There’s been a volleyball match all week in the courts to determine the destiny of a ballot question for Minneapolis voters. The issue at hand is the reporting structure of the Minneapolis Police Department, requiring its lead officer to be accountable to the mayor as well as the city council people. Presently the chief of police reports only to the mayor.
On Monday, Jamie Anderson, a Hennepin County Judge struck down the question for the second time in seven days. “The court finds that the current ballot language is vague, ambiguous and incapable of implementation, and is insufficient to identify the amendment clearly.” I think she even implied that it was deliberately misleading, but the quote eludes me now.
In the summer of 2020, eight of the thirteen city council people of Minneapolis stood on stage in a public park and made a pledge to Defund the Police. It turns out the pledge was the easy part. Little progress has been made in the crafting and architecture of a program that would replace traditional policing with something better.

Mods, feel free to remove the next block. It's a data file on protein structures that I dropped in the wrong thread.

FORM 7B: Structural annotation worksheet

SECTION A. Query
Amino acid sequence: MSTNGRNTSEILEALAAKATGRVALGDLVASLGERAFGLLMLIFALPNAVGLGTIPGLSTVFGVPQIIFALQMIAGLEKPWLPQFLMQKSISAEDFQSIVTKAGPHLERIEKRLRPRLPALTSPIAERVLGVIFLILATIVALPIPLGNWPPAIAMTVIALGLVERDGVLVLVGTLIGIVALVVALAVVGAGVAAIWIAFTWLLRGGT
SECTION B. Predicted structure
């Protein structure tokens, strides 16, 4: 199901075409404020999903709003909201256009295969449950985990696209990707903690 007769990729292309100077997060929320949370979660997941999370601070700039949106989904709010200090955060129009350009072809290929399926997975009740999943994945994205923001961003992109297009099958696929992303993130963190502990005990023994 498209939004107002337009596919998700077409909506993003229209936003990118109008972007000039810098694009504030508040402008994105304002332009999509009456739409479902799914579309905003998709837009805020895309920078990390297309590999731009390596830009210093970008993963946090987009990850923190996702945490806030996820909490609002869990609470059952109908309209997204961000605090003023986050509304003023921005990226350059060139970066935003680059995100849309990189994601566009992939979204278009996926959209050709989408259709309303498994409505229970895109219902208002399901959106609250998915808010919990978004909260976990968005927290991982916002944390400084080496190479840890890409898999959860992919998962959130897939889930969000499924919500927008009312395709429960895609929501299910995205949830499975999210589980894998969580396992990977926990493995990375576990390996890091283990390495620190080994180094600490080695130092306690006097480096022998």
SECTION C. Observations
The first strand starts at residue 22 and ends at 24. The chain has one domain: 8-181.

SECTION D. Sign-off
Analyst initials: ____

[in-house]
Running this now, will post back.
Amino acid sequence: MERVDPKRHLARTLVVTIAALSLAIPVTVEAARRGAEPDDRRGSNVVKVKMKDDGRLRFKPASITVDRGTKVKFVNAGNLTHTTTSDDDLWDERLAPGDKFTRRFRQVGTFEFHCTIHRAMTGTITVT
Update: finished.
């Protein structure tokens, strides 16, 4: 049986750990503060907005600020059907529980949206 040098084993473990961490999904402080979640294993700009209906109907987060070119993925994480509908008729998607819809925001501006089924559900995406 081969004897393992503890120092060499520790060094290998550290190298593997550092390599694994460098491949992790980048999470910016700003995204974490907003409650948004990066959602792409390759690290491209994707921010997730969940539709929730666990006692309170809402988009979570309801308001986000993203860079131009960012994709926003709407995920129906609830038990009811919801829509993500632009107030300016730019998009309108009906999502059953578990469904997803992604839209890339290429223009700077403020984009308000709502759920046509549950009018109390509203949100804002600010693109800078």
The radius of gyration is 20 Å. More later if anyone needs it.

Meanwhile crime has escalated citywide. Violent crimes are up about 20 percent. The police force is down twenty percent.
Two of the council members from this heady period are not seeking reelection, including the City Council President, Lisa Bender, citing family reasons. Still- an organization called Yes 4 Minneapolis plunders forward with a political answer to the city woes when a utilitarian one proves elusive.
One benefit of the bruhaha is that it has shown a spot light on the cleverly worded proposal meant to sound reasonable and caring. It has also risen to a loud enough public status that the Governor, and several state Senators have felt the need to weigh in against the city charter change.
Just a few hours ago, at the end of the work day, the Supreme Court of MN overturned the lower court ruling and granted the ballot question’s legitimacy. Just in time for early voting which starts tomorrow.